**Algebra One, Geometry and Algebra 2.**You have often stayed up until midnight to get all of your math homework done. It hasn't been easy because neither of your parents understand Algebra 2. But despite having passed 3 years of high school math courses, you now also have to pass the

**SBAC 11**

^{th}

**Grade Math test**– a test that you know only 30% of your classmates and prior students have been able to pass. if you fail to pass this test, your punishment is that you will be required to take and pass a 4

^{th}year of an advanced math course called

**Precalculus**during your Senior Year or you will not graduate.

There are 29 questions on this SBAC 11

^{th}Grade Practice math test (there are many more on the real SBAC math test). Ten of the 29 questions 1, 2, 3, 4, 5, 10, 12, 17, 18 and 23 are relatively easy. We will assume you can get them right. Because our purpose is to show you how difficult the most difficult questions are, we have selected 19 questions for you to review. To pass the test, with a score of 3 or 4, you need to get 80% of the 29 questions right. This is 23 questions. We have already given you credit for 10 of the questions. This means you have to answer 13 out of the following 19 questions correctly – or your high school graduation will be placed at risk. You have

**one hour to complete these 19 questions (about 3 minutes per question**

**)**. But don't be nervous. It is not like the entire rest of your life depends on passing this test. Well, actually it does. But try not to be too nervous as fear and anxiety will cause you to blank out and forget everything.

**START TIME ___________ END TIME _________ NUMBER RIGHT ________**

To view all 29 questions, go to the following link:

**https://wa.portal.airast.org/training-tests/**

Then click Take the Practice and Training Tests box in the upper left corner.

Then click Sign In. Then select a grade. 11. Then click Yes. Then click Practice Test.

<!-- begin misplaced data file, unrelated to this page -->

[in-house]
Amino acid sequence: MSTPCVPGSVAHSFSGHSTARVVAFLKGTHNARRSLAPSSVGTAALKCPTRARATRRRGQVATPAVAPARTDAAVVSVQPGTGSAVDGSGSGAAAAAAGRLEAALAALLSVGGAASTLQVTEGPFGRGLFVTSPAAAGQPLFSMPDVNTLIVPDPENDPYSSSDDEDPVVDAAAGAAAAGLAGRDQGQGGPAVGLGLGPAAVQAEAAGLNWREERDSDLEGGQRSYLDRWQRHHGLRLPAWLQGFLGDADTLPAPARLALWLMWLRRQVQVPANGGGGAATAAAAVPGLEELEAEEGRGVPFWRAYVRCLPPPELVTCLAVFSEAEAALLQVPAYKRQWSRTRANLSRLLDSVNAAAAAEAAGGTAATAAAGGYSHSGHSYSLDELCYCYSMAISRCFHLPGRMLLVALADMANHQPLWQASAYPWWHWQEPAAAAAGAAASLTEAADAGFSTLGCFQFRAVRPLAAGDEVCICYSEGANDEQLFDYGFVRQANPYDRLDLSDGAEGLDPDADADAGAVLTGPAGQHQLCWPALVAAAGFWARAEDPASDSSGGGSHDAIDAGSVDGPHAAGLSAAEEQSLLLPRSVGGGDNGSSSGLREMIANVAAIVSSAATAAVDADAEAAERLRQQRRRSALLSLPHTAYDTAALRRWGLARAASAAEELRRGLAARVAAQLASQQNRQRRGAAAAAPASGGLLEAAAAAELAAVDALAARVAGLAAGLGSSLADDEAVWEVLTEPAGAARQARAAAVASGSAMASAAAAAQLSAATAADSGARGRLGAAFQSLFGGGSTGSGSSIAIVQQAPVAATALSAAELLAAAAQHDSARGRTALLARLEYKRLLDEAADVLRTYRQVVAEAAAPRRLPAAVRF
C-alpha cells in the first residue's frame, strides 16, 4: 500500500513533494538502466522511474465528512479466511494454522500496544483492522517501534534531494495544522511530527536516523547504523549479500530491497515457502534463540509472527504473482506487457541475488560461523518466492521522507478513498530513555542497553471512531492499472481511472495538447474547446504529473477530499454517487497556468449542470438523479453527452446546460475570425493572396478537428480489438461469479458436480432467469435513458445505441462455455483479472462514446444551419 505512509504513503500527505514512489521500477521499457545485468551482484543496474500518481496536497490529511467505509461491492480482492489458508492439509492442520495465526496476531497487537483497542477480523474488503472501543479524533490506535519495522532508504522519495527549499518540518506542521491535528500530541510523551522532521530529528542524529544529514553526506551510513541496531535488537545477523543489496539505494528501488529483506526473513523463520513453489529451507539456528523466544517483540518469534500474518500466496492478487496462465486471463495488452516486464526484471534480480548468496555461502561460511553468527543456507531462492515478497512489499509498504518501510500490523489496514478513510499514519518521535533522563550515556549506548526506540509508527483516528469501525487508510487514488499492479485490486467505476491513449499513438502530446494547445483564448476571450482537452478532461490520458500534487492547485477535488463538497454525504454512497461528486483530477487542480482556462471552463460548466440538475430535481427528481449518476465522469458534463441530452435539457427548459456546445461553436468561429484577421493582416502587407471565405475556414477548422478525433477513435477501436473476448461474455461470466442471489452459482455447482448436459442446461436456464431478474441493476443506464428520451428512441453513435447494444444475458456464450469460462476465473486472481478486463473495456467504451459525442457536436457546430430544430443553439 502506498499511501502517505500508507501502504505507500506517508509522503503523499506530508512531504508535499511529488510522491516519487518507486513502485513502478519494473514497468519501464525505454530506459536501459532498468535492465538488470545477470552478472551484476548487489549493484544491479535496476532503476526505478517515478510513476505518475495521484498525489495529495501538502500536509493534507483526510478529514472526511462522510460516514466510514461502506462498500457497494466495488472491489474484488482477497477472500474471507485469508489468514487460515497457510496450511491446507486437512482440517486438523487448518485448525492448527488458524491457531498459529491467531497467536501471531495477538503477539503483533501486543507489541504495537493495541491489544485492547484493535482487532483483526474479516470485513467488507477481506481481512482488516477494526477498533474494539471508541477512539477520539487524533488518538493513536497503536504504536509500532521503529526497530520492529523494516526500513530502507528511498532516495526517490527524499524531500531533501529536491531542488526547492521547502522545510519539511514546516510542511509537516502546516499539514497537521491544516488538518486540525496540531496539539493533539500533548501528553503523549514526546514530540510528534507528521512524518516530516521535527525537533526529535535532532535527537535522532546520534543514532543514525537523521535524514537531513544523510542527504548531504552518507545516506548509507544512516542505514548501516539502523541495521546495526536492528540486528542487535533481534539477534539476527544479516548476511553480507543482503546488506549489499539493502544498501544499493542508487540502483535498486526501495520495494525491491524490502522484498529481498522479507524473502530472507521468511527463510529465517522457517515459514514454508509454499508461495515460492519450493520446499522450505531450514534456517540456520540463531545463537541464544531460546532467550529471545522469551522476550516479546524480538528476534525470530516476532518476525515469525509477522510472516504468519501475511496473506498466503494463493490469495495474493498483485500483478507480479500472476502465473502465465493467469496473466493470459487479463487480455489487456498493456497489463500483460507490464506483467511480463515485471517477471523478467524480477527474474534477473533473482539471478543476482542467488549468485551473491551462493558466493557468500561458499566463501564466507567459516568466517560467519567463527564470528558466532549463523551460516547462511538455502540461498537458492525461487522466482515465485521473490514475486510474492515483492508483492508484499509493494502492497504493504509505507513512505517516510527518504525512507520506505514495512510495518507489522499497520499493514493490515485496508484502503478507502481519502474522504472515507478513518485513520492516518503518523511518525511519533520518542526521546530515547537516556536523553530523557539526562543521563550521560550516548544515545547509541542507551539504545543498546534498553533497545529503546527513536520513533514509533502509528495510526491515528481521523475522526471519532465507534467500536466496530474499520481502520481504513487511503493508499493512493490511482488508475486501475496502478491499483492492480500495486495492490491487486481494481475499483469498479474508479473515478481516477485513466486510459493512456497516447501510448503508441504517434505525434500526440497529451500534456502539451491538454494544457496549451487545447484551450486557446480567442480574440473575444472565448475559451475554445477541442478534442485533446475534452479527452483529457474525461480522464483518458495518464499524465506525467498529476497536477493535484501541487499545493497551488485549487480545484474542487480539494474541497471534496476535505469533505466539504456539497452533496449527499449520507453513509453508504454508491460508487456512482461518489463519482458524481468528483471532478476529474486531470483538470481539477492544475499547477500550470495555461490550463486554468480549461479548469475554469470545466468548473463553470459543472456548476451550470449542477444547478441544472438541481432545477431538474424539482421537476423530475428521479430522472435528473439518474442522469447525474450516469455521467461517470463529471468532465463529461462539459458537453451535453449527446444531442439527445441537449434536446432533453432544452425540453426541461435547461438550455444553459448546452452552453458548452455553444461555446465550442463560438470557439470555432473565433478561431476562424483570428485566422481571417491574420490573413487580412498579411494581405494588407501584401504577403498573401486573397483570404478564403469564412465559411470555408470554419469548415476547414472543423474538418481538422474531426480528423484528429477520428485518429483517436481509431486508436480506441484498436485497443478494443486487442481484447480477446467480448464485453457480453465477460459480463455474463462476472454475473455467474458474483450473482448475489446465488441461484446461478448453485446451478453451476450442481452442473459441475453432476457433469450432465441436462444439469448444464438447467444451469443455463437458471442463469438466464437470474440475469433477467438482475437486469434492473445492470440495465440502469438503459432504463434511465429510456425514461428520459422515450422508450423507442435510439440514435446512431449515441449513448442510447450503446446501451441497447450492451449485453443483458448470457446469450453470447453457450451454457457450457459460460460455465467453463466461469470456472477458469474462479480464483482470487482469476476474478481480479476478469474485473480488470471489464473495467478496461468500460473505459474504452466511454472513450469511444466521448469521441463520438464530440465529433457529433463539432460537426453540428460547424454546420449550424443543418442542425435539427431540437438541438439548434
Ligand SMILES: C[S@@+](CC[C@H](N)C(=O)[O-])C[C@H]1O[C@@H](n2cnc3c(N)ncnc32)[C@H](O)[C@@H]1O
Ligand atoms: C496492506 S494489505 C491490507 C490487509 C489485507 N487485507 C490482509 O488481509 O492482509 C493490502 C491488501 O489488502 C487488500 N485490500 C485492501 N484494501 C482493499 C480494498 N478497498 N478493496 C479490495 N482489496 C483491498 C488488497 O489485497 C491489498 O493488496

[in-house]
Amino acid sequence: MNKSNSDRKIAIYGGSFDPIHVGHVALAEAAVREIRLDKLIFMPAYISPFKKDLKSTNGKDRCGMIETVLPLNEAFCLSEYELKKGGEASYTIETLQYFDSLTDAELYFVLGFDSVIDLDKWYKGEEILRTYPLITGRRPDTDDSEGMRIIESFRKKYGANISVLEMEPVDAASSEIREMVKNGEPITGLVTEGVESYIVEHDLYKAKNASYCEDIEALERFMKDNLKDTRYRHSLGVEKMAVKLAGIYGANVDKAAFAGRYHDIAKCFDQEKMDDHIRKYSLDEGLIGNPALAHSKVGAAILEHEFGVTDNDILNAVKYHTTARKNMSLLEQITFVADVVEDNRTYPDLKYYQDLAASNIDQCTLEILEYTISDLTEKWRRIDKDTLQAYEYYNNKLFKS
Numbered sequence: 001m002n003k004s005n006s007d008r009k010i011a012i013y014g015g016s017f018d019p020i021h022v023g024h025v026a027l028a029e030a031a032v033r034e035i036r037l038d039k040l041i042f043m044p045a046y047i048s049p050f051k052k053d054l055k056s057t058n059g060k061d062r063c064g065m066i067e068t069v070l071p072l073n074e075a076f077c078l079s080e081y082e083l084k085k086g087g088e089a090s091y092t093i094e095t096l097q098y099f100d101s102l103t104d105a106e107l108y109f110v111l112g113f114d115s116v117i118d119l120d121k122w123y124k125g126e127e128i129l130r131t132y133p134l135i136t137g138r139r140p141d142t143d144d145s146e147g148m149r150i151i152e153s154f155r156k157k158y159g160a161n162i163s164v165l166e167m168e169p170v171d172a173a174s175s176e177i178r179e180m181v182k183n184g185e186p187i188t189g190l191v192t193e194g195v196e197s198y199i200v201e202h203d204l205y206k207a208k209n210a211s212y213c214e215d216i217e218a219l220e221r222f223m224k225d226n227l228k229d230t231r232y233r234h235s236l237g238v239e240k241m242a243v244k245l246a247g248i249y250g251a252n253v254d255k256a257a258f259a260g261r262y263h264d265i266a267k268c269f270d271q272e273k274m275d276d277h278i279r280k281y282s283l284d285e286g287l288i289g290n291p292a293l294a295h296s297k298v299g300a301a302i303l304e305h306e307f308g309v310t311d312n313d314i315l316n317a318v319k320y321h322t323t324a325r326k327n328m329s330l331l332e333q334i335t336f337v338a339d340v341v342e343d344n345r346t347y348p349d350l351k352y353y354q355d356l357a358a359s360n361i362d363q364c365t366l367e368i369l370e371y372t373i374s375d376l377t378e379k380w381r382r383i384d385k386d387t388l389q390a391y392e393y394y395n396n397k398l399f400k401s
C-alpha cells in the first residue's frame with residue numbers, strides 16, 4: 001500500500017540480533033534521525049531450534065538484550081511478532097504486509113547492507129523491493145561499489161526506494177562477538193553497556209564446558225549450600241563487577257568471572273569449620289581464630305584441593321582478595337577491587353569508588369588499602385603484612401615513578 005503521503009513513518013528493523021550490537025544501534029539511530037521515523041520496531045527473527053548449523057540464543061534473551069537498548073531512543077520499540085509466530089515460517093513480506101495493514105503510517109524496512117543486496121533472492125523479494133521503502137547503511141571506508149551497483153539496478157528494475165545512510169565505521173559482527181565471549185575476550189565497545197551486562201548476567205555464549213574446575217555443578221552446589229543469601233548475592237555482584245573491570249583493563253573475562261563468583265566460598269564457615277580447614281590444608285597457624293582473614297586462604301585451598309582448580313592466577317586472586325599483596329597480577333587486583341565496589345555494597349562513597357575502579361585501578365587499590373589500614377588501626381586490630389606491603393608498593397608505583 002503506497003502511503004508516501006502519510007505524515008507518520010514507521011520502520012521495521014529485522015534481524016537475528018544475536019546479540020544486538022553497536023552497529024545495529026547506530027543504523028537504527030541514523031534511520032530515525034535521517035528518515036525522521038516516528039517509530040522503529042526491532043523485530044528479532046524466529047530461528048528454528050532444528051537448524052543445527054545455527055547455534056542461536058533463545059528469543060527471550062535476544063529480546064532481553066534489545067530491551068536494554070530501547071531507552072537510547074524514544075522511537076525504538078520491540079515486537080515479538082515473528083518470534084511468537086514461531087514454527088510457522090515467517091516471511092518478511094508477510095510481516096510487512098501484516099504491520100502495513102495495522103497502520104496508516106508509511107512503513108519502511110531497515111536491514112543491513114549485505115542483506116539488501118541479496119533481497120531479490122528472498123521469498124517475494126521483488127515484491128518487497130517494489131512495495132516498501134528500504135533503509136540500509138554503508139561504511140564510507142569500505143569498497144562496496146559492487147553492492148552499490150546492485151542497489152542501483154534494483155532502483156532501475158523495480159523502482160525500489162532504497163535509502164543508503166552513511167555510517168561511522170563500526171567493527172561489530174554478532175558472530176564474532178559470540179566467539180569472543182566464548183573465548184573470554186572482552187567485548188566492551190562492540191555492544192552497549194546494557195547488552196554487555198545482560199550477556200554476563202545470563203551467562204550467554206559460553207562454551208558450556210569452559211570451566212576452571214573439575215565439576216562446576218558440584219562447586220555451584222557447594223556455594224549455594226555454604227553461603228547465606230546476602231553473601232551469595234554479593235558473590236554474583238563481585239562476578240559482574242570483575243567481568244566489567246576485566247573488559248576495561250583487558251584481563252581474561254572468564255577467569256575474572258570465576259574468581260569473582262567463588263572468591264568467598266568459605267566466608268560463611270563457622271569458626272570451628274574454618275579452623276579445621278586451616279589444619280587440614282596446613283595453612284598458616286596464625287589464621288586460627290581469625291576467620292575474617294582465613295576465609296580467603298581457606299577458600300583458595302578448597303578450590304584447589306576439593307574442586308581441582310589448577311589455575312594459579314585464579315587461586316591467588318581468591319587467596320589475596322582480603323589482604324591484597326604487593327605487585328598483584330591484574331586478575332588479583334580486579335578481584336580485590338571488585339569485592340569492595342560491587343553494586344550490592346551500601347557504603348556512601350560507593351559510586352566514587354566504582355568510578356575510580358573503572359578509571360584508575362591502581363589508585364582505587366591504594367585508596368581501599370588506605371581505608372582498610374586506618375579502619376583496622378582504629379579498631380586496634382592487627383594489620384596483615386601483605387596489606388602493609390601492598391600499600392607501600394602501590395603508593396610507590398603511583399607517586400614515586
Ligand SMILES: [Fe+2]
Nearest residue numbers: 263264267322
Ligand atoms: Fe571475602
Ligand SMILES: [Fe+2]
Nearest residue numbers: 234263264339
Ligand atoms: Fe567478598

Here is your first question. It is question 6 on the SBAC practice test. Good luck!

Keep in mind that while you may have studied sines and cosines in high school, it was more than one year ago when you were a sophomore. Hopefully, you still remember what these terms mean. But if your goal is to be a truck driver, should failing this question really cost you a high school diploma and a chance at a truck driving job?

Seven is a tricky question. Read it carefully.

There is no partial credit on this test. To get credit for this problem, you have to check all boxes that have an integer solution and NOT check any boxes that lack an integer solution.

Does a truck driver really need to know fractional exponents to get a high school diploma? For that matter, why does anyone really need to know how to do fractional exponents for any reason?

Did you know that some poor kids walk into the SBAC math test without graph paper?

This is the first problem on the test that involves a skill someone might actually use some day.

This is actually one of the easy ones. But we left it in as a confidence booster.

Being able to answer this question might be useful if you are planning on becoming a farmer.

This is another tricky question. Go slow and read carefully.

My daughter would say that “Ashley needs to get a life.”

Being able to answer this question might be useful if you wanted to start a painting company.

I just love these mirror and rotation problems. But how do they relate to real life problems?

Whoever came up with this problem has some serious mental health issues.

Go ahead and click a button. One of them has to be right. Maybe you will get lucky.

How about just buying a rope that is 20 feet long and using the extra rope as a jump rope?

Get this right and you are on your way to college. Get it wrong and you won't even get a high school diploma. Surely there has to be some middle ground.

This is another tough one – especially if it has been a year or more since you had Geometry.

Wow, #29 is an actual real world math question.

For question 19, here is the last question on the previous SBAC math practice test:

Do you really think high school students need to know how to find the volume of a sphere floating in a prism?

Congratulations, you are now done with this silly test!

Note your time and then use the ANSWER SHEET to score your exam. How did you do?

Pass the test and you go to college. Fail the test and you may not graduate. How is that for a high stakes high failure rate test! Don't feel to bad. Only 30% of high school Juniors can pass the SBAC 11

^{th}Grade Math test. For everyone else, it is off to the coal mines.

What is most outrageous is that there is no reported reliability or validity studies for any of these SBAC questions. So we really have no way of knowing if they are fair questions or not.

**CLICK HERE TO GO TO THE ANSWER SHEET**

This test was brought to you by the friendly folks at

Coalition to Protect our Public Schools (dot) org.

If you have any questions, feel free to email us at springforschools (at) aol.com

Regards,

David Spring M. Ed.